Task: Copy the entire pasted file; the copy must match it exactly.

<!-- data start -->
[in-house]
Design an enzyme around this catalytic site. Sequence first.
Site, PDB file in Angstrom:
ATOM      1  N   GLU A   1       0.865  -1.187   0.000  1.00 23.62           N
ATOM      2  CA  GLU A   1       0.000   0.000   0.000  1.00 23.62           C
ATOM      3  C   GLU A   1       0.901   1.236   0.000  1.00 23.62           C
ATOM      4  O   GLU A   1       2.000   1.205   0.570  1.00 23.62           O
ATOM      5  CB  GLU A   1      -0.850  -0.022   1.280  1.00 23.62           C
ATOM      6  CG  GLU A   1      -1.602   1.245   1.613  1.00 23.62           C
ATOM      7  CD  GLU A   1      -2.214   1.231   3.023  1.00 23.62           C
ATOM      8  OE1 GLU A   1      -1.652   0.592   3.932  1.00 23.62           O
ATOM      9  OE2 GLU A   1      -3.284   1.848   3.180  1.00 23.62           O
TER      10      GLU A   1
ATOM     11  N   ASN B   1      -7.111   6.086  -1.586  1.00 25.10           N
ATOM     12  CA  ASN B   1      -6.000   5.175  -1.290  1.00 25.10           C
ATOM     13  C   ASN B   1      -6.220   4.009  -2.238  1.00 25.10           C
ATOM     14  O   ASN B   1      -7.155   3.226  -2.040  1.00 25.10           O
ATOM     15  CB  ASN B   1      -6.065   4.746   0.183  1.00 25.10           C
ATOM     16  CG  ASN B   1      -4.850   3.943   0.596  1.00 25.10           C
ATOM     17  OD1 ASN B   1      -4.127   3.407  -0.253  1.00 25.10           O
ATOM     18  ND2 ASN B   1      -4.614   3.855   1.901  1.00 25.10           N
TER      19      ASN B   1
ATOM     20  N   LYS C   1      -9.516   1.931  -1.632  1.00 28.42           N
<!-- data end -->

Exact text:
[in-house]
Design an enzyme around this catalytic site. Sequence first.
Site, PDB file in Angstrom:
ATOM      1  N   GLU A   1       0.865  -1.187   0.000  1.00 23.62           N
ATOM      2  CA  GLU A   1       0.000   0.000   0.000  1.00 23.62           C
ATOM      3  C   GLU A   1       0.901   1.236   0.000  1.00 23.62           C
ATOM      4  O   GLU A   1       2.000   1.205   0.570  1.00 23.62           O
ATOM      5  CB  GLU A   1      -0.850  -0.022   1.280  1.00 23.62           C
ATOM      6  CG  GLU A   1      -1.602   1.245   1.613  1.00 23.62           C
ATOM      7  CD  GLU A   1      -2.214   1.231   3.023  1.00 23.62           C
ATOM      8  OE1 GLU A   1      -1.652   0.592   3.932  1.00 23.62           O
ATOM      9  OE2 GLU A   1      -3.284   1.848   3.180  1.00 23.62           O
TER      10      GLU A   1
ATOM     11  N   ASN B   1      -7.111   6.086  -1.586  1.00 25.10           N
ATOM     12  CA  ASN B   1      -6.000   5.175  -1.290  1.00 25.10           C
ATOM     13  C   ASN B   1      -6.220   4.009  -2.238  1.00 25.10           C
ATOM     14  O   ASN B   1      -7.155   3.226  -2.040  1.00 25.10           O
ATOM     15  CB  ASN B   1      -6.065   4.746   0.183  1.00 25.10           C
ATOM     16  CG  ASN B   1      -4.850   3.943   0.596  1.00 25.10           C
ATOM     17  OD1 ASN B   1      -4.127   3.407  -0.253  1.00 25.10           O
ATOM     18  ND2 ASN B   1      -4.614   3.855   1.901  1.00 25.10           N
TER      19      ASN B   1
ATOM     20  N   LYS C   1      -9.516   1.931  -1.632  1.00 28.42           N